This is the path I'm at... step 3 now.

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Thxo
West Java
 
 
Posts: 145 since Apr 2014
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sharpshoota View Post
@ budfox
Have you checked out "forex tester 2" , I did purchase it and it has helped me thrust my tradingsystem. Much better than any book I invested in.


Totally agree ...

---

and .. budfox, there are many resource/experiment for this kind of Q @ more focused FX forums, for your reference.
even if we find profitable method over certain period of time, how do we know that this result is not due to random chance ? ...


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Johno1
Geelong Victoria
 
 
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tigertrader View Post
@budfox

my most profound piece of advice is not to look at the market in the same way as everyone else looks at it. do not read the same books on trading as everyone else, and certainly do not trade as everyone else trades. if your inputs are the same as everyone else's, you will have no advantage as a trader and your results will be the same as everyone else's. you will operate with the same heuristics and have the same predictable biases that emanate from those heuristics. and, do not determine honestly, what style of trading I am most suited for! instead determine what style of trading is suited for making the greatest amount of profit under the current regime and market conditions.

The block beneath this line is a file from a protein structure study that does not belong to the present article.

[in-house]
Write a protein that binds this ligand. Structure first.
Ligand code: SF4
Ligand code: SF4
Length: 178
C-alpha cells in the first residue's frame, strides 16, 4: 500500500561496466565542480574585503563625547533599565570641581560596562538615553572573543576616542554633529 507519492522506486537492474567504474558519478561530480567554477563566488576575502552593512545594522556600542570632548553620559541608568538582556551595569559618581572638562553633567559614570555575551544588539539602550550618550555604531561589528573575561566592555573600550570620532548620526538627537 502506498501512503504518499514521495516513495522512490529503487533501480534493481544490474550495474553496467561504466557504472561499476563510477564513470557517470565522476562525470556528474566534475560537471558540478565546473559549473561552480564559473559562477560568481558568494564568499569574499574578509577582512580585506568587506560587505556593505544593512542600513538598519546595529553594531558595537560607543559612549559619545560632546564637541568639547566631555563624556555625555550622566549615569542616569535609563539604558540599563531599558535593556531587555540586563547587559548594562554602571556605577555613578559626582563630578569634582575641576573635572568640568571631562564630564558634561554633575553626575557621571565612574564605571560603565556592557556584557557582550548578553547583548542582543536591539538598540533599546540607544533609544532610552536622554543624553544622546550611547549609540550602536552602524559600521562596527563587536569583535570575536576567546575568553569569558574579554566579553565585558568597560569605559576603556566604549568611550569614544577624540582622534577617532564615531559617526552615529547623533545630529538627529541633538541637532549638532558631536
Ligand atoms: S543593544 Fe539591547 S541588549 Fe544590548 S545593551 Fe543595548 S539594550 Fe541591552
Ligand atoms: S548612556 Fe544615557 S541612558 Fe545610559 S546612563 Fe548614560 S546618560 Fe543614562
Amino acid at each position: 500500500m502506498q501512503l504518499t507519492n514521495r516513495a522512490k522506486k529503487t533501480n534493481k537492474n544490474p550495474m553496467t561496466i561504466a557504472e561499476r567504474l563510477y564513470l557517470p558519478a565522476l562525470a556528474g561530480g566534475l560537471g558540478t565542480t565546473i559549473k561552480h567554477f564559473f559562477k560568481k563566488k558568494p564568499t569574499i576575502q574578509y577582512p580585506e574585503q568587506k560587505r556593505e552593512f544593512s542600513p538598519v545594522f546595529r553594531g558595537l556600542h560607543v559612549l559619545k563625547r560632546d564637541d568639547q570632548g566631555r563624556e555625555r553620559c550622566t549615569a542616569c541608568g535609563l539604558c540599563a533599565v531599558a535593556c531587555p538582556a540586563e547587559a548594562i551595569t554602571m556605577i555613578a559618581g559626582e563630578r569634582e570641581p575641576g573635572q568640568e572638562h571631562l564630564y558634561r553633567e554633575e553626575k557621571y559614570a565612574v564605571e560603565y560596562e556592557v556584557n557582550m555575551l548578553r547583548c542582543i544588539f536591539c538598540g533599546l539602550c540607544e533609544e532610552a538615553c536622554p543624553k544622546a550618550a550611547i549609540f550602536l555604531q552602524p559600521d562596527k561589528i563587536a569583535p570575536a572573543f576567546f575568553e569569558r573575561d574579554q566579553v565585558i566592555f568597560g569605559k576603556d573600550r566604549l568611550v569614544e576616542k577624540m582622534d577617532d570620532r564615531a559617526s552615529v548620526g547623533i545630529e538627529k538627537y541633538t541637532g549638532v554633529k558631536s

OBSERVE the market and its attendant price action. markets are complex adaptive systems, which by nature are non-linear and obscure cause and effect. therefore, it is impossible to predict what is going to take place in the future. nevertheless, when you see something occur you are going to create a narrative to explain what happened -and you will probably be mistaken. cnbc does this on a daily basis and is wrong on a daily basis. so, the trick is to see the market, for what it is, and not what it appears to be. this skill takes years and years of screen time observing the markets, and one's approach to trading has to be constantly updated and modified as the markets change. this is why you will not find the answer on how to profit from trading in any book. as soon as it would be uncovered it would be obsolete.